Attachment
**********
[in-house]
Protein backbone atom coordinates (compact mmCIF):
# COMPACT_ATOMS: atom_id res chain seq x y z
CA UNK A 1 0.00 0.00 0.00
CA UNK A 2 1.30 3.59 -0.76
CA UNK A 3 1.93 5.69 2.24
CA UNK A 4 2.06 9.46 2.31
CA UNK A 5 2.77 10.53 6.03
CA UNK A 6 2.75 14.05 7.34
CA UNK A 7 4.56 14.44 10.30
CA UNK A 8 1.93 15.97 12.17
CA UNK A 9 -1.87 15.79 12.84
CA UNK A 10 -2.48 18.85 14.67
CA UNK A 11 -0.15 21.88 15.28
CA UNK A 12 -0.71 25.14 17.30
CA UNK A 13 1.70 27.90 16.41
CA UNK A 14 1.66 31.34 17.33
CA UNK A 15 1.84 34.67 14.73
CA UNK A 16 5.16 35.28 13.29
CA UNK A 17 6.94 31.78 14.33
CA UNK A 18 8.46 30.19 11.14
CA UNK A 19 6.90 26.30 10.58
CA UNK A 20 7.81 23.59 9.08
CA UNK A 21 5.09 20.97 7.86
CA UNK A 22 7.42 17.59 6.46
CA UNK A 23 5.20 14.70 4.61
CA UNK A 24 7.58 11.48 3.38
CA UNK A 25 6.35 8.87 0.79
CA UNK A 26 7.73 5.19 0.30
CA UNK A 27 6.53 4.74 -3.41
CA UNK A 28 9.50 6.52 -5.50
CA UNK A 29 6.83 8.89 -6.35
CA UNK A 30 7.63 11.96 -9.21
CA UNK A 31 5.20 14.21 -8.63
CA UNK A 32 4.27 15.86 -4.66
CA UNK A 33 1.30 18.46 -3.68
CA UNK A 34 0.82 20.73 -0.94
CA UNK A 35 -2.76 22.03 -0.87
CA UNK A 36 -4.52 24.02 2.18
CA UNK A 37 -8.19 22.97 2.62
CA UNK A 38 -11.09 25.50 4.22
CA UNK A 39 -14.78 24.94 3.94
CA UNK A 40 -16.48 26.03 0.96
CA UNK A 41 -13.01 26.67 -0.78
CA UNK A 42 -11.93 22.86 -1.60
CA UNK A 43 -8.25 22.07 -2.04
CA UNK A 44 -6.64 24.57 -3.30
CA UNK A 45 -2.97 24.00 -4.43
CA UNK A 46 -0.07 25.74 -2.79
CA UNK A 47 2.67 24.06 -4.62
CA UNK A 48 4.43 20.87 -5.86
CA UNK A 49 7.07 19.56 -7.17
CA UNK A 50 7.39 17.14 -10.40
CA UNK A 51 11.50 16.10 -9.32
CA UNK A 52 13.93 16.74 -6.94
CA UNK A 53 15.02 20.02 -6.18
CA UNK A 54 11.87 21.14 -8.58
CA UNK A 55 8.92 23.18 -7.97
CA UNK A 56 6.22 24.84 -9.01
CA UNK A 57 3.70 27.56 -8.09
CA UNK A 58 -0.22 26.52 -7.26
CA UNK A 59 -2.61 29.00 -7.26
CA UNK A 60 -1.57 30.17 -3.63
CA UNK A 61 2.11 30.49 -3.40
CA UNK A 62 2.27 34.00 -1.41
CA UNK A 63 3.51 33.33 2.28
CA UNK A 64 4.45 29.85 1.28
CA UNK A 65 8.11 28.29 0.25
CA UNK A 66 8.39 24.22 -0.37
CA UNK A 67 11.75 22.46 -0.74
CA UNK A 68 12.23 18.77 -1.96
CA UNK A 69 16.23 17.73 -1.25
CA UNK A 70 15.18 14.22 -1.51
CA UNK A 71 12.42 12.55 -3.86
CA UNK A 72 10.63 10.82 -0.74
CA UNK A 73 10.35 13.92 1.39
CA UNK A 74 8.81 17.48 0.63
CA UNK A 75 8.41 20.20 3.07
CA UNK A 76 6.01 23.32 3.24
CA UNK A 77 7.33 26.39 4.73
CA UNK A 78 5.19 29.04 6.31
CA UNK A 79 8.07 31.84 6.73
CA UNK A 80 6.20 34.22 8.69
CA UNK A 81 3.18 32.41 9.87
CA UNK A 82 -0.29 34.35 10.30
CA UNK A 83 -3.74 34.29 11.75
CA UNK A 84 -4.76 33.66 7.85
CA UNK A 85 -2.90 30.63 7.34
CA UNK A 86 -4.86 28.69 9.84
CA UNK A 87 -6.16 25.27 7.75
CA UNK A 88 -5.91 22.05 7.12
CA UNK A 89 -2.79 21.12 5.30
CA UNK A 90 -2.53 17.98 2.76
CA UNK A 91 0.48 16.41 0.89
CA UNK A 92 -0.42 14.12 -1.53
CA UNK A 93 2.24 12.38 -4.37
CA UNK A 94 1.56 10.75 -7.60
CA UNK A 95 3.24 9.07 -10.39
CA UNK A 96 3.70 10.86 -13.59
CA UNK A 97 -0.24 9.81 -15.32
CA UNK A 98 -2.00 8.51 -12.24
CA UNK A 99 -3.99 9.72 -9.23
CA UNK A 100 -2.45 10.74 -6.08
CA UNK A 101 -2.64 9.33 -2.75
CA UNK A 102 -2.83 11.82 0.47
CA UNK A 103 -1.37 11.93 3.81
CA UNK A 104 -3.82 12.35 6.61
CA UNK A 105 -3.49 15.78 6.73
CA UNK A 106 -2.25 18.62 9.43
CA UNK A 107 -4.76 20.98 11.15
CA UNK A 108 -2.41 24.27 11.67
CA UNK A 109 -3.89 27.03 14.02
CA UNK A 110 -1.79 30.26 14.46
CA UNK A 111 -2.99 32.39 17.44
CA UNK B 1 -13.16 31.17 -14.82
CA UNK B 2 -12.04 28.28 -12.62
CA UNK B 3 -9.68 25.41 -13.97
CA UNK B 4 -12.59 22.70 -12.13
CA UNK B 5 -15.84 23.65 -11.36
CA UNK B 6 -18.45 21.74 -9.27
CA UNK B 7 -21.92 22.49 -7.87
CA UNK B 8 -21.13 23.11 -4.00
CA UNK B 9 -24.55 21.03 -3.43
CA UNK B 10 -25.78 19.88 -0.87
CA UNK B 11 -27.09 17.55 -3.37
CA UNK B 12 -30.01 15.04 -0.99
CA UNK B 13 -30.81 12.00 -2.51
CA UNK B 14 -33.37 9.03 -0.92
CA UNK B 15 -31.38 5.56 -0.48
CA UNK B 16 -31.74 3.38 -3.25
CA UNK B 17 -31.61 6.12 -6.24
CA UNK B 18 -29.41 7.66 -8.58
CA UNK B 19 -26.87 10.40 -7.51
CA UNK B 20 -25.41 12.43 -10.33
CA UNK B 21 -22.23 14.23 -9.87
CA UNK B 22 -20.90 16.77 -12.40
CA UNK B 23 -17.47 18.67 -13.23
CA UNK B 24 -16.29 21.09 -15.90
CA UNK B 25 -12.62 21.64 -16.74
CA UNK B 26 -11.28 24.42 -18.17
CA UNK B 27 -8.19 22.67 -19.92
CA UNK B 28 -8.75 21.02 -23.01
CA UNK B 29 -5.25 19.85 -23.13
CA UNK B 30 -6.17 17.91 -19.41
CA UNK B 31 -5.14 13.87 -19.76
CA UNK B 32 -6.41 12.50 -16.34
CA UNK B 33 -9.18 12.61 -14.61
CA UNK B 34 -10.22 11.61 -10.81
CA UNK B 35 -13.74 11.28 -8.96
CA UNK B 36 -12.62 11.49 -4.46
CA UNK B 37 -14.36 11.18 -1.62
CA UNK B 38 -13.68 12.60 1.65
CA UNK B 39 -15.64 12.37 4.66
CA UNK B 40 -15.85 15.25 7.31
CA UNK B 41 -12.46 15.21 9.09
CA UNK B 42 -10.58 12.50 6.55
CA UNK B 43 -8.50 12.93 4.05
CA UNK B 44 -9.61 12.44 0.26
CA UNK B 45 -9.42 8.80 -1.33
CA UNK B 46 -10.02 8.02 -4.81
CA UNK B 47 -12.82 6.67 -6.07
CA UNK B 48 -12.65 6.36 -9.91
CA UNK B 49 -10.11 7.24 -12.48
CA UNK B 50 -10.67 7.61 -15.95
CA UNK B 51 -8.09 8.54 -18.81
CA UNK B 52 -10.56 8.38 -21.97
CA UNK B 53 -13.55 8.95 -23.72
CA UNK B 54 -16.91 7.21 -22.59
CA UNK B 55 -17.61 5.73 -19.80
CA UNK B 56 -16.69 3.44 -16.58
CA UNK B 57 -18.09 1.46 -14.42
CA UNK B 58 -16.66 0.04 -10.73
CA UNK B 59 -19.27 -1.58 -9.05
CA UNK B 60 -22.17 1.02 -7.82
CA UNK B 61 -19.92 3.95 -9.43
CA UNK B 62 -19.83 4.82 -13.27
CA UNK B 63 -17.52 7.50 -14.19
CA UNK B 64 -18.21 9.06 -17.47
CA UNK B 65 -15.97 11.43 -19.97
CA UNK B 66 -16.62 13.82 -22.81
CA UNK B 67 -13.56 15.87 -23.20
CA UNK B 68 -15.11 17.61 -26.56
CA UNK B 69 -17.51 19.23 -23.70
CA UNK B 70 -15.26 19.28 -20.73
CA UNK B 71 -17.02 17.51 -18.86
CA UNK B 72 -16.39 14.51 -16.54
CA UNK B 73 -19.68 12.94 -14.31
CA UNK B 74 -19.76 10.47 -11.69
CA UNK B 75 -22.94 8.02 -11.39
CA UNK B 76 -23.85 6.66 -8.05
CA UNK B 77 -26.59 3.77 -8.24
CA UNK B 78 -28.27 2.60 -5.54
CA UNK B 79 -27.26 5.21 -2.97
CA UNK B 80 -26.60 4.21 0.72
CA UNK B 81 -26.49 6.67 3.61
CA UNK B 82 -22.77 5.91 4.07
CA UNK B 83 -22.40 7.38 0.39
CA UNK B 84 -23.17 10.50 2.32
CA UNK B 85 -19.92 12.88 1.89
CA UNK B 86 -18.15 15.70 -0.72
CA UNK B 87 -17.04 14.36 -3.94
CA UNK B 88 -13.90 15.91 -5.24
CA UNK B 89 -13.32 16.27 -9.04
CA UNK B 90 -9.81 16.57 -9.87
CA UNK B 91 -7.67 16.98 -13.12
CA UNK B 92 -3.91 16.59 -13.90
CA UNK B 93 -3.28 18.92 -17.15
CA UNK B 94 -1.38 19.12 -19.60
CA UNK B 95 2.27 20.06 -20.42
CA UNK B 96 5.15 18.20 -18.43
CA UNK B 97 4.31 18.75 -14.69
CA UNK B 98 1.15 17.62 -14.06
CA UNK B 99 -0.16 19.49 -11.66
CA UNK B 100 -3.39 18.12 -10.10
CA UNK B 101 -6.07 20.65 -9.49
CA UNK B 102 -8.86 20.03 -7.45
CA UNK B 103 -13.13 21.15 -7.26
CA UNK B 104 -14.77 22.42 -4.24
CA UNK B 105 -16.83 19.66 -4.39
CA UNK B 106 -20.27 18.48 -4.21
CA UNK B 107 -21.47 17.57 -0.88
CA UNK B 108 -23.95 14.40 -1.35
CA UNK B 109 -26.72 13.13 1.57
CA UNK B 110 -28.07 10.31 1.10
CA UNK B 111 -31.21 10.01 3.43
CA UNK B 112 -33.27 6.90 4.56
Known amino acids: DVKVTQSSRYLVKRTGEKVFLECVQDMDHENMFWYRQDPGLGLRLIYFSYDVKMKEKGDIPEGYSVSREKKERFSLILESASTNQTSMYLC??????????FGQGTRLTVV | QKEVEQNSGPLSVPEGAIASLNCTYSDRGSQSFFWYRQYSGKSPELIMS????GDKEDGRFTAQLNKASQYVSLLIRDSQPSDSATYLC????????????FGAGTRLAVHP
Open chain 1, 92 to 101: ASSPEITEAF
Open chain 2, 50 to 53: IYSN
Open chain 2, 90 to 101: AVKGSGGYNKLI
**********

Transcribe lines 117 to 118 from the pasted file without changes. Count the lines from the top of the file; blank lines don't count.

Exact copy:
CA UNK B 3 -9.68 25.41 -13.97
CA UNK B 4 -12.59 22.70 -12.13